Optogenetic and Chemogenetic Tools for Drug Discovery in Schizophrenia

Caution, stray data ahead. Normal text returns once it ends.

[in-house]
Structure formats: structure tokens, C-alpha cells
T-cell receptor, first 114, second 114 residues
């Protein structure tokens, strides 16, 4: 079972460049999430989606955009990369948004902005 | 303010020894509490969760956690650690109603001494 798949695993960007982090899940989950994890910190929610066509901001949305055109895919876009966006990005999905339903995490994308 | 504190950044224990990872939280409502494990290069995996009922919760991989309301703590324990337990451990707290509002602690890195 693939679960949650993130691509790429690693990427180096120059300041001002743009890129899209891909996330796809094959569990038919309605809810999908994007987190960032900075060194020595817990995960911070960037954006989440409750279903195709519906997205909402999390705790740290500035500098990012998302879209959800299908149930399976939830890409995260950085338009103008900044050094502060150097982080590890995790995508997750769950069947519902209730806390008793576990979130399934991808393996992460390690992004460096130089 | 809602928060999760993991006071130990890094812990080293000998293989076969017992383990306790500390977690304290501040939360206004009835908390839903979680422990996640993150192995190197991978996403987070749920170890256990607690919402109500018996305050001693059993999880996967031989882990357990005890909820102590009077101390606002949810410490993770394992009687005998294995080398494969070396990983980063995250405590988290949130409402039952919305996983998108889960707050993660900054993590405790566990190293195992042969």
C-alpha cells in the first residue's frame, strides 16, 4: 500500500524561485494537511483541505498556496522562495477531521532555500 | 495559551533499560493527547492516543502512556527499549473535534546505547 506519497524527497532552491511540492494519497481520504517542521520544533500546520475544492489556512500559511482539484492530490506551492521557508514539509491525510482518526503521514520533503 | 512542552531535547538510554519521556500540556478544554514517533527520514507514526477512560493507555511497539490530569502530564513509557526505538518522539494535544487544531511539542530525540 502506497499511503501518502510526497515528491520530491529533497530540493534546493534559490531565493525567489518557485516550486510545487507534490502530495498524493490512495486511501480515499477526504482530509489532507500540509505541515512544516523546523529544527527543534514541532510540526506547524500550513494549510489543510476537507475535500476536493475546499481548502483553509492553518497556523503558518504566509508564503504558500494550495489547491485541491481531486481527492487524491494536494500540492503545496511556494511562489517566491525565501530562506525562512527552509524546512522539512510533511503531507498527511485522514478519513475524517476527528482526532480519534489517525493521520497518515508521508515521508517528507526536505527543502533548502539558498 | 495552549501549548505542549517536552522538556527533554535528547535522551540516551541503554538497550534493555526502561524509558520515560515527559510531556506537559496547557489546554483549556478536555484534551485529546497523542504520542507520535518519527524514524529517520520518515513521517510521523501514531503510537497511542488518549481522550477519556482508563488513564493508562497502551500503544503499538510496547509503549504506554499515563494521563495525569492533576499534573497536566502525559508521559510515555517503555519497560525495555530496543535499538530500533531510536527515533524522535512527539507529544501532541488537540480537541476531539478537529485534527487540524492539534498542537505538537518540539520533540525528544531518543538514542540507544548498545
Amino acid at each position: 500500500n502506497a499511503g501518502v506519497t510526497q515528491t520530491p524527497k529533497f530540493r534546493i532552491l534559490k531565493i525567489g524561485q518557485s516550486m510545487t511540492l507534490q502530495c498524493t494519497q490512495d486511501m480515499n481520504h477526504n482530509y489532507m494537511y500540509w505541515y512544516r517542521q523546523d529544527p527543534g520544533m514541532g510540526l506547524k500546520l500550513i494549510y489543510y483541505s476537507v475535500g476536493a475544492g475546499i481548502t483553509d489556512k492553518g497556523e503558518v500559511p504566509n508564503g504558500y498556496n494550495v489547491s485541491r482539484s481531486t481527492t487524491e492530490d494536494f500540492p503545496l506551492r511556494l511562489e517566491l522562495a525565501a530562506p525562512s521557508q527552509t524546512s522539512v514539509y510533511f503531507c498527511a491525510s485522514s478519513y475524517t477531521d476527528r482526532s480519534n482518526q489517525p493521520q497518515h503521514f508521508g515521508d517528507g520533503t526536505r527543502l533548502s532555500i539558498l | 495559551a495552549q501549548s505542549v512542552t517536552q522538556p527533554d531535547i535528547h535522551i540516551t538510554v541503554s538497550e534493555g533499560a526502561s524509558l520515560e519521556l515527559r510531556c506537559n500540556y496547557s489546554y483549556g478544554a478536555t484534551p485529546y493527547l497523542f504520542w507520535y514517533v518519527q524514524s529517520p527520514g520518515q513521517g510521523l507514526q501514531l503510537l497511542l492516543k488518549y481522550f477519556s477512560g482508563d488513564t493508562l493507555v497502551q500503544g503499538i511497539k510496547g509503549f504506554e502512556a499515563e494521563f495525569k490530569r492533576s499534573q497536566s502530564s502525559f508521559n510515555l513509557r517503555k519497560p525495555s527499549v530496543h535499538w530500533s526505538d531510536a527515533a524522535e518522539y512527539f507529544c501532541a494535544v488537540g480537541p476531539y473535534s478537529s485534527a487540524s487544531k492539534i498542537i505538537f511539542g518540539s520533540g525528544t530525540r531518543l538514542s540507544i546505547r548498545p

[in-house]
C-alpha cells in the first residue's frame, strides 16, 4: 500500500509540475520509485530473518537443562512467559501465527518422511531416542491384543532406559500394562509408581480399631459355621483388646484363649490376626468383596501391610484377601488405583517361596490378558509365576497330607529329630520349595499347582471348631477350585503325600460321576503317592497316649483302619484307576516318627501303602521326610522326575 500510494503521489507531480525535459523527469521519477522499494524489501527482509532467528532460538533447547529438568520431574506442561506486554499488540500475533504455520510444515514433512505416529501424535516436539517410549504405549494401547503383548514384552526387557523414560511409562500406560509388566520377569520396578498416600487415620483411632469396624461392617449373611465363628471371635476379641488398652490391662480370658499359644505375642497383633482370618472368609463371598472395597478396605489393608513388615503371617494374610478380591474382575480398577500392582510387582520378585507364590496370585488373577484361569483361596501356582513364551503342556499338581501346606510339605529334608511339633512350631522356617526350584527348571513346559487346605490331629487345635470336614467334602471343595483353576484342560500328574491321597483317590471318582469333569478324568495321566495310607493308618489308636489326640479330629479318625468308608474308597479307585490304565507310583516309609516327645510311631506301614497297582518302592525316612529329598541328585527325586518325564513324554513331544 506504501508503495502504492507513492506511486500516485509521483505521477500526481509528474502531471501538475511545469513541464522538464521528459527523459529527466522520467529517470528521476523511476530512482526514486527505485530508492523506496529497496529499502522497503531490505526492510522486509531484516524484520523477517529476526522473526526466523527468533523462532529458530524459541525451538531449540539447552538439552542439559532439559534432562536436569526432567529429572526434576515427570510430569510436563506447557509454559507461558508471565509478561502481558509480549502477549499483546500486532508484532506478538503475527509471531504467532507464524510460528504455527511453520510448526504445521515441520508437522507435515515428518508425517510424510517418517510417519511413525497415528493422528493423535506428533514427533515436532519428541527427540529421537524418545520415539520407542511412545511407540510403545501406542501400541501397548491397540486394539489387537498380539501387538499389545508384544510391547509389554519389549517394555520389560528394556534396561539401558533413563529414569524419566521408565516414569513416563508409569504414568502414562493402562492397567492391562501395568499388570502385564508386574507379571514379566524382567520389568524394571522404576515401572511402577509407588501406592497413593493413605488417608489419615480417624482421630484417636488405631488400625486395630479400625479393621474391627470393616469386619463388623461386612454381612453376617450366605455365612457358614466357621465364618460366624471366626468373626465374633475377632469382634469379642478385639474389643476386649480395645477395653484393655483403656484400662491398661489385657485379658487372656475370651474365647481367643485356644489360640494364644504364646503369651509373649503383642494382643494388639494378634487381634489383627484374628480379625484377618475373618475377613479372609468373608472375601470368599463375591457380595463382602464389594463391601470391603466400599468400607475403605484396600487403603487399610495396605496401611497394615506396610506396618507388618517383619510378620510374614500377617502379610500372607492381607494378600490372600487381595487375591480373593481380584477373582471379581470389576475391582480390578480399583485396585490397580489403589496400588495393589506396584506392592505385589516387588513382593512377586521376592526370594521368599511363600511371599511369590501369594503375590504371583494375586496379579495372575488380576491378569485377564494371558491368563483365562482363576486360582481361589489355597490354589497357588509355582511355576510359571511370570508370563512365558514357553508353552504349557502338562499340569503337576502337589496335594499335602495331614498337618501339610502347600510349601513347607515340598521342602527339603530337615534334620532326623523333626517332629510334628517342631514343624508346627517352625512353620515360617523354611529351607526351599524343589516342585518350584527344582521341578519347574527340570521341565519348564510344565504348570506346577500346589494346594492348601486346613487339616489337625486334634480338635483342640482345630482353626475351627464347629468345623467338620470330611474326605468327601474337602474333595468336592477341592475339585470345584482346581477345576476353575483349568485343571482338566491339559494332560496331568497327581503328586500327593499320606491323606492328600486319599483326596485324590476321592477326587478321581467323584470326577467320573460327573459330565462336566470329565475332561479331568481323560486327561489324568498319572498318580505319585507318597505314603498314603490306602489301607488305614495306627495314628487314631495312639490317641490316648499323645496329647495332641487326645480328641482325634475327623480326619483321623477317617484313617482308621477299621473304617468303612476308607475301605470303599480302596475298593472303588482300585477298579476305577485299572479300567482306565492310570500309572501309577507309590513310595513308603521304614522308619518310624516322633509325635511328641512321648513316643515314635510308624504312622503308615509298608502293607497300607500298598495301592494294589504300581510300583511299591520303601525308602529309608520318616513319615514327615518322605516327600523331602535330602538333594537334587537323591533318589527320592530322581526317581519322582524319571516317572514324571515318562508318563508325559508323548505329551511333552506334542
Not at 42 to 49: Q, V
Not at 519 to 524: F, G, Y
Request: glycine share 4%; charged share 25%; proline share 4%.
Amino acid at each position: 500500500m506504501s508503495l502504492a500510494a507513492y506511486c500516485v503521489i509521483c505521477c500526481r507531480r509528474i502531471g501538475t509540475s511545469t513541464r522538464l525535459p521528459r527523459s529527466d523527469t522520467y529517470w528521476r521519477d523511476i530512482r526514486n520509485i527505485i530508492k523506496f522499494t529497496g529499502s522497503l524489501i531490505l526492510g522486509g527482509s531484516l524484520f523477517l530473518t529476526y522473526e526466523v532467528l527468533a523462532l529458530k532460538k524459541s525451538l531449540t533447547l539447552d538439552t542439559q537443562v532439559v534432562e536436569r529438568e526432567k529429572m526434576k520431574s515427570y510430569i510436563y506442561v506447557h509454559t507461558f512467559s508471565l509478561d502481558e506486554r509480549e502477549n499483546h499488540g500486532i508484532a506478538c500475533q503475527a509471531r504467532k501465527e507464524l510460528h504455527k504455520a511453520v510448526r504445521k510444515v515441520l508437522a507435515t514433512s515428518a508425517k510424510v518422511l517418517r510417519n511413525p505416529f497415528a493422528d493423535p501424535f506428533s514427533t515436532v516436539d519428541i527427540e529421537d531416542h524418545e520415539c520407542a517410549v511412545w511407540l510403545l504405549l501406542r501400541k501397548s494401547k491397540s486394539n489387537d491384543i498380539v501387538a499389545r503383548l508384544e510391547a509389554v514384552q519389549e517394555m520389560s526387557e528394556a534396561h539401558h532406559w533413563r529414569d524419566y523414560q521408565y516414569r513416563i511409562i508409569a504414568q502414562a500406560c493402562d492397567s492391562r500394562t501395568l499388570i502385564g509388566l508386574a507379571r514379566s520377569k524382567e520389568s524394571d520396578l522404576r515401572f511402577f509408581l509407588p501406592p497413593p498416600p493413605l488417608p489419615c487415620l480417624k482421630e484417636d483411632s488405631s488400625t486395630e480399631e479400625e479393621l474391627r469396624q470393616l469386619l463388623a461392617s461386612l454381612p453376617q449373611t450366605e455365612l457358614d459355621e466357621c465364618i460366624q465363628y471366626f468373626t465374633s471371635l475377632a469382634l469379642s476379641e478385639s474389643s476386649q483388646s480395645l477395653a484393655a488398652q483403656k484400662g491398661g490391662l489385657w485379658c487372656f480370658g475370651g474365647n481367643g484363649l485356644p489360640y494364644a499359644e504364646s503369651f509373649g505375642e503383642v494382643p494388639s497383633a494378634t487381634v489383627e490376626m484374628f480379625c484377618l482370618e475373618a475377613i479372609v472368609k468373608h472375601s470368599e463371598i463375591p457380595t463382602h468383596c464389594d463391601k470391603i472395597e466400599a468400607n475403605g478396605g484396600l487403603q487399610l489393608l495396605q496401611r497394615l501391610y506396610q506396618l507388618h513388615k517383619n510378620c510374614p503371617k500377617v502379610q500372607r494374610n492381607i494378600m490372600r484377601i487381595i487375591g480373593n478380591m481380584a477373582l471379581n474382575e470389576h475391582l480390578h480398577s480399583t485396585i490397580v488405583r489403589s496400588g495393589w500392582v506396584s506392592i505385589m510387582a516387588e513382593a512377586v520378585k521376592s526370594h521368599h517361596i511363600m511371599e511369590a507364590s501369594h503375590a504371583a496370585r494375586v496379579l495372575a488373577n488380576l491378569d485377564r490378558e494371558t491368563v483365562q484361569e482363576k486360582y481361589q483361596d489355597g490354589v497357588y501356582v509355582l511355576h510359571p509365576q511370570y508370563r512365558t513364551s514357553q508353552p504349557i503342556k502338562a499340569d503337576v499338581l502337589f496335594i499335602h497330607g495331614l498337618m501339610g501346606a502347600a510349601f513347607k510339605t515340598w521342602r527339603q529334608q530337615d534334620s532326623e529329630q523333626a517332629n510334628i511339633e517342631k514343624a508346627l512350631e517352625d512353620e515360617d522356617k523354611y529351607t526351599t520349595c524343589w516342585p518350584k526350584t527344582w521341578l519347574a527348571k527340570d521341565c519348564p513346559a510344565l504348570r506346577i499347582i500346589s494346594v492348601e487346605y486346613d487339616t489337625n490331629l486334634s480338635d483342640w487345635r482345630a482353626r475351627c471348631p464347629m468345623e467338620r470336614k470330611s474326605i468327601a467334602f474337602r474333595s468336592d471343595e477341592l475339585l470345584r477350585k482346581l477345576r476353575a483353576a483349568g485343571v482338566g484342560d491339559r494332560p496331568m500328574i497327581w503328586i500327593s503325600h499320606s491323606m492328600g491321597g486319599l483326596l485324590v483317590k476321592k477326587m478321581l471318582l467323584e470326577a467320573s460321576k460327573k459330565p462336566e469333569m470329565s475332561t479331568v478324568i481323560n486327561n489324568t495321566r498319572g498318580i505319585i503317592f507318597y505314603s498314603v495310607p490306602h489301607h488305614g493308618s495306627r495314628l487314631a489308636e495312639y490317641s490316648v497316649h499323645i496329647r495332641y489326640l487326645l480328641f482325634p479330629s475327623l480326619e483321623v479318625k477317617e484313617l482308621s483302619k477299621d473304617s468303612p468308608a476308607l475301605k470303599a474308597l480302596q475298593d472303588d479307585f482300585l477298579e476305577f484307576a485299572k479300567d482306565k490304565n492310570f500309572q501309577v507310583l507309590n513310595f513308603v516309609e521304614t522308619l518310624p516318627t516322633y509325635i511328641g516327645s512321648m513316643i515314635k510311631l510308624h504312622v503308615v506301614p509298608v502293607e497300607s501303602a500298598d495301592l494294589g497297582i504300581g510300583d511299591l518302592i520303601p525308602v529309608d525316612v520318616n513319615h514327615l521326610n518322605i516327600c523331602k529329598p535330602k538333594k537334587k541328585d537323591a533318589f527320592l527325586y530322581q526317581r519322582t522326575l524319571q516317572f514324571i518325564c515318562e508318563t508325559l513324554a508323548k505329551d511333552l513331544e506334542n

Advances in clinical genetics, brain imaging, histopathology and neurophysiology point strongly to schizophrenia as fundamentally a disorder of neural circuitry. Schizophrenia research, including drug discovery, would therefore benefit greatly from recently developed tools for precise control of neural circuits in experimental animals. Two sets of tools to manipulate genetically defined populations of neurons and pathways are especially likely to be invaluable for further progress: using light (optogenetics), and using otherwise pharmacologically inert drugs (chemogenetics). This chapter reviews the wide range of optogenetic and chemogenetic tools currently available, and outlines some essential steps for their implementation in the laboratory. Finally, important studies are described, which exemplify the range of applications of such tools, including their promises and pitfalls, on the way to dissecting the circuit basis of psychiatric disease and drug action. Generally, such tools can be applied in one of three scenarios: (1) the induction of schizophrenia-related behaviour by targeted circuit manipulation, thereby producing a new class of animal models of the disease, (2) the rescue of schizophrenia-related deficits in animal models, which is necessary to establish causality between circuit alterations and symptoms, and (3) the anatomical and functional characterization of neurons and neural projections relevant to schizophrenia, including opto- and chemogenetic pharmacology.